South Korea Government to Increase Spending to Spur Growth Next Year

By Kwanwoo Jun Features Dow Jones Newswires

South Korea plans to boost government spending next year to fulfill left-leaning President Moon Jae-in's policy agenda, underpinned by an expected increase in tax revenue.

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The national budget plan announced Tuesday by the Ministry of Strategy and Finance calls for a 7.1% rise in total spending for 2018 to 429.0 trillion won ($380 billion), up from a 3.7% increase this year.

Revenue is expected to grow 7.9% next year to 447.1 trillion won, compared with an expected 5.9% gain this year, the ministry said.

The budget plan reflects the Moon administration's pledge to keep its fiscal policy "expansionary" in the coming year to help finance its much-touted agenda to create public-sector jobs, expand social welfare for the public and boost household incomes in a government-led push for economic growth.

Mr. Moon, since taking office in May, has passed a $10 billion supplementary budget this year and a 16% increase in the country's minimum wage. The liberal leader has also proposed a tax revision, focused on higher levies on wealthy people and big corporations.

Despite the planned spending increase, the finance ministry expects the country's fiscal health to improve marginally next year, with the fiscal deficit likely to be 1.6% of gross domestic product -- narrower from an expected 1.7% of GDP in 2017. Government debt is expected to edge down to 39.6% of GDP in 2018 from an estimated 39.7% this year, it said.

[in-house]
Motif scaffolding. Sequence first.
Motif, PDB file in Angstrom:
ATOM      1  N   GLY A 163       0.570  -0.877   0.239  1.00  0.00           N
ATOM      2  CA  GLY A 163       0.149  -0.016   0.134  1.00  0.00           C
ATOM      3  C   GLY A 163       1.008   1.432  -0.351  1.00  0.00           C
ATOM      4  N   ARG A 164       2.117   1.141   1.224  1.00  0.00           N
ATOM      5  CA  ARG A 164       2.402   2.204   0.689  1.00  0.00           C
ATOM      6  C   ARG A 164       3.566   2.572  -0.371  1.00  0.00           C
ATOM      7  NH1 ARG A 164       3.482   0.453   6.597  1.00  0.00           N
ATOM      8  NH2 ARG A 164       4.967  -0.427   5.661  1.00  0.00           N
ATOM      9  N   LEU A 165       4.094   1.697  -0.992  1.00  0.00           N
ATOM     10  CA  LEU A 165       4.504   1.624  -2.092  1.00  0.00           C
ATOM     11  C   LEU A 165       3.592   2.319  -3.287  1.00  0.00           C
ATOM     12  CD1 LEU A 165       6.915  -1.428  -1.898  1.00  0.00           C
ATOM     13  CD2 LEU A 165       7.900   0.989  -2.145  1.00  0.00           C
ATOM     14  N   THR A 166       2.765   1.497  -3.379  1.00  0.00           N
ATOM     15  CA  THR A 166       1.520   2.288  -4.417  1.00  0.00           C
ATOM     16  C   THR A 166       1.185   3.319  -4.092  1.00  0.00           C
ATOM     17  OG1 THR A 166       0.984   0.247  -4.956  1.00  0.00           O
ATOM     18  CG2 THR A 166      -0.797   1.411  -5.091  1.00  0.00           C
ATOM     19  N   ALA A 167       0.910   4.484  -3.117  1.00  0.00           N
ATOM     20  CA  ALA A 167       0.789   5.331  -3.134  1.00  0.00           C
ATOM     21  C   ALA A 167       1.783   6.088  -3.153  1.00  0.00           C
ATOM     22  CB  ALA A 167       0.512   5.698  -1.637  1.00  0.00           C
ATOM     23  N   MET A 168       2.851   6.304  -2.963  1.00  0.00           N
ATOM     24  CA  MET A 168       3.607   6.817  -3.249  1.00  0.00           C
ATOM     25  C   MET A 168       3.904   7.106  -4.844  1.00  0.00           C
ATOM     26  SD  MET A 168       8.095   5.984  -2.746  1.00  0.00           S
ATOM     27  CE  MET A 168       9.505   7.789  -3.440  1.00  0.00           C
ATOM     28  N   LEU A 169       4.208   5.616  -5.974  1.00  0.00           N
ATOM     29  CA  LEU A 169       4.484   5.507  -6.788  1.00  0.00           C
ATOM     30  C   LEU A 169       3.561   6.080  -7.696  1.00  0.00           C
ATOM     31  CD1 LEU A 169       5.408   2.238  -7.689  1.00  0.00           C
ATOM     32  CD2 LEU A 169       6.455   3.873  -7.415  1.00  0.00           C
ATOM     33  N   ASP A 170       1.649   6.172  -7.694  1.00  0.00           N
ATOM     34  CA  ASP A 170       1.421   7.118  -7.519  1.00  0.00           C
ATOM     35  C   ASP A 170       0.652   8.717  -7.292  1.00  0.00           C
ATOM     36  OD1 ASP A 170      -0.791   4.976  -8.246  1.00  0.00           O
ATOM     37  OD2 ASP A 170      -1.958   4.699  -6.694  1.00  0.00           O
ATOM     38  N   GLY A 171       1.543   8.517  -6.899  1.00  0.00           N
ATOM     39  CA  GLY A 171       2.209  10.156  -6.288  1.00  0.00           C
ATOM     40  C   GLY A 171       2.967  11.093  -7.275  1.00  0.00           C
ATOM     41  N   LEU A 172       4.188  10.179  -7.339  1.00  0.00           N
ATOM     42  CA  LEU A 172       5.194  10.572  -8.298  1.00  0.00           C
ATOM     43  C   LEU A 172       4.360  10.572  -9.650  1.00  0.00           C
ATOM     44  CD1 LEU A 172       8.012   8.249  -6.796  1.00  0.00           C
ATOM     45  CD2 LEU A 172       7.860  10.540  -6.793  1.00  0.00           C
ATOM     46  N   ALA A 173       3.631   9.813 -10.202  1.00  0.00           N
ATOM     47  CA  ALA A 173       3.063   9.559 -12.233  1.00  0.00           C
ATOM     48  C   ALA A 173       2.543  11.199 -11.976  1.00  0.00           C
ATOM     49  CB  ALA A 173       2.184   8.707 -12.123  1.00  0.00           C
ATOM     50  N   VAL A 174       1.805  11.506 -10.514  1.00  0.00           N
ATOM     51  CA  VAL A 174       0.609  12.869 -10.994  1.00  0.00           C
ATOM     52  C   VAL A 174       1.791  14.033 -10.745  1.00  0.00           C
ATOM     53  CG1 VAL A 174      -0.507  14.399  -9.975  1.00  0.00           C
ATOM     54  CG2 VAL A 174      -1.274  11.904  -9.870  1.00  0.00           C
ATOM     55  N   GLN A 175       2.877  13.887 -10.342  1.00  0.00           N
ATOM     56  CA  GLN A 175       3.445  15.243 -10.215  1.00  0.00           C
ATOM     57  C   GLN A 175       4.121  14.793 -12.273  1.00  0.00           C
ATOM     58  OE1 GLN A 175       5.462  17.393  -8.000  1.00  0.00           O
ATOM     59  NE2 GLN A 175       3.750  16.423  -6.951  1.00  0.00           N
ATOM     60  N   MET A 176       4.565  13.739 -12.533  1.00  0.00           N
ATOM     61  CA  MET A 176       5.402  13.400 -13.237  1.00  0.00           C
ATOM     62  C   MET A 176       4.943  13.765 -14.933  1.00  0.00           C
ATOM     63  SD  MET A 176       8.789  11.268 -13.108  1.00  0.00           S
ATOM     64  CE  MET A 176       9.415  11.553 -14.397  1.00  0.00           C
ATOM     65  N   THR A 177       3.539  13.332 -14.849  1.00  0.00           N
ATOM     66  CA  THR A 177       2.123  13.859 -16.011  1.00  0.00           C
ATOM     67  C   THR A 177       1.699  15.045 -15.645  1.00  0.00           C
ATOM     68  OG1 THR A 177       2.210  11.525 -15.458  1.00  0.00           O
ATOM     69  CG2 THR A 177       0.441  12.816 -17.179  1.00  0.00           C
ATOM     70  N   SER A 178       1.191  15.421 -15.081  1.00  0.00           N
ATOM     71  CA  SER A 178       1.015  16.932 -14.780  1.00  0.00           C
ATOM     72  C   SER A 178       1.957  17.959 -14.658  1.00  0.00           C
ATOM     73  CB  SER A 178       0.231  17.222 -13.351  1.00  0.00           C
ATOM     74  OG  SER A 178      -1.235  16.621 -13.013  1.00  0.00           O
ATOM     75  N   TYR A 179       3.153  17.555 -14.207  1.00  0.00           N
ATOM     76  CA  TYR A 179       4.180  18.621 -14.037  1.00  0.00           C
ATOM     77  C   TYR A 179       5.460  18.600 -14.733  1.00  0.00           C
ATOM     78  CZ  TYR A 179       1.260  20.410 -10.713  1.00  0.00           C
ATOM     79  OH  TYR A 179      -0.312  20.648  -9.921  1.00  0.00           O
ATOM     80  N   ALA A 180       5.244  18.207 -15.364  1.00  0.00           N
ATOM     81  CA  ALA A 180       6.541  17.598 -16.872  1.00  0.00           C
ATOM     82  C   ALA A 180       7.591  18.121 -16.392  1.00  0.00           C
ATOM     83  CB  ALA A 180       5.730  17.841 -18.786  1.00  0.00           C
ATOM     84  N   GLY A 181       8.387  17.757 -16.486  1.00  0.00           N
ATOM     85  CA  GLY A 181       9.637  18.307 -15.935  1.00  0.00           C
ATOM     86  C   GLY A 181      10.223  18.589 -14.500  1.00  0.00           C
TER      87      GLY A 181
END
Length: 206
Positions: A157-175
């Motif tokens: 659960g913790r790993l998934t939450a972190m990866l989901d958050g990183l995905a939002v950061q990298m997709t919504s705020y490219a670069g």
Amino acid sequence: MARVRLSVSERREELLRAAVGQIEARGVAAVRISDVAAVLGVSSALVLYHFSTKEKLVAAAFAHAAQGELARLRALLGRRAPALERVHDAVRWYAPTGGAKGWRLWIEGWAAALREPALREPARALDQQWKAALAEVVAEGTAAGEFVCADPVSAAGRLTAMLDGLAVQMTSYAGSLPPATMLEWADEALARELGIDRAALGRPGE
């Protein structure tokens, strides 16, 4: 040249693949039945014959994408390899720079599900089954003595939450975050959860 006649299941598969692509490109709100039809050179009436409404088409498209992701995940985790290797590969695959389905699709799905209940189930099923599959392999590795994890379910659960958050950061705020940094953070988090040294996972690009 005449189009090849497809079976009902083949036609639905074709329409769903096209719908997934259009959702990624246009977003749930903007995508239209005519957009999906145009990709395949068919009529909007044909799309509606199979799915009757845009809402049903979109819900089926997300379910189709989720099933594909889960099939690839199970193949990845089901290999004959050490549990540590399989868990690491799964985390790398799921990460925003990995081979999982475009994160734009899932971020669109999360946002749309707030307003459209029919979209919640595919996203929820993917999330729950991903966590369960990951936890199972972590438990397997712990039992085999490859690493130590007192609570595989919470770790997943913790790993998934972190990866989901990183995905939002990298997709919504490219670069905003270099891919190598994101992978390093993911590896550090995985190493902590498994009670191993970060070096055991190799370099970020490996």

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The Moon government plans to submit the new budget bill to parliament in early September. Mr. Moon's ruling party holds 120 seats in the 300-seat National Assembly, and a simple majority is needed to pass the bill. His governing Democratic Party struggled to get support from other parties before eventually passing this year's extra budget bill in July.

The Moon administration has argued that a greater role of fiscal policy is necessary to prop up the Korean economy, which is losing steam after decades of rapid growth, as the country faces demographic challenges such as an aging population and one of the world's lowest birthrates.

The central bank last month forecast South Korea's economy will expand 2.8% this year, faster than an earlier estimate of 2.6% growth, as exports are picking up thanks to overseas demand even though domestic demand still remains soft.

Write to Kwanwoo Jun at kwanwoo.jun@wsj.com

(END) Dow Jones Newswires

August 28, 2017 21:14 ET (01:14 GMT)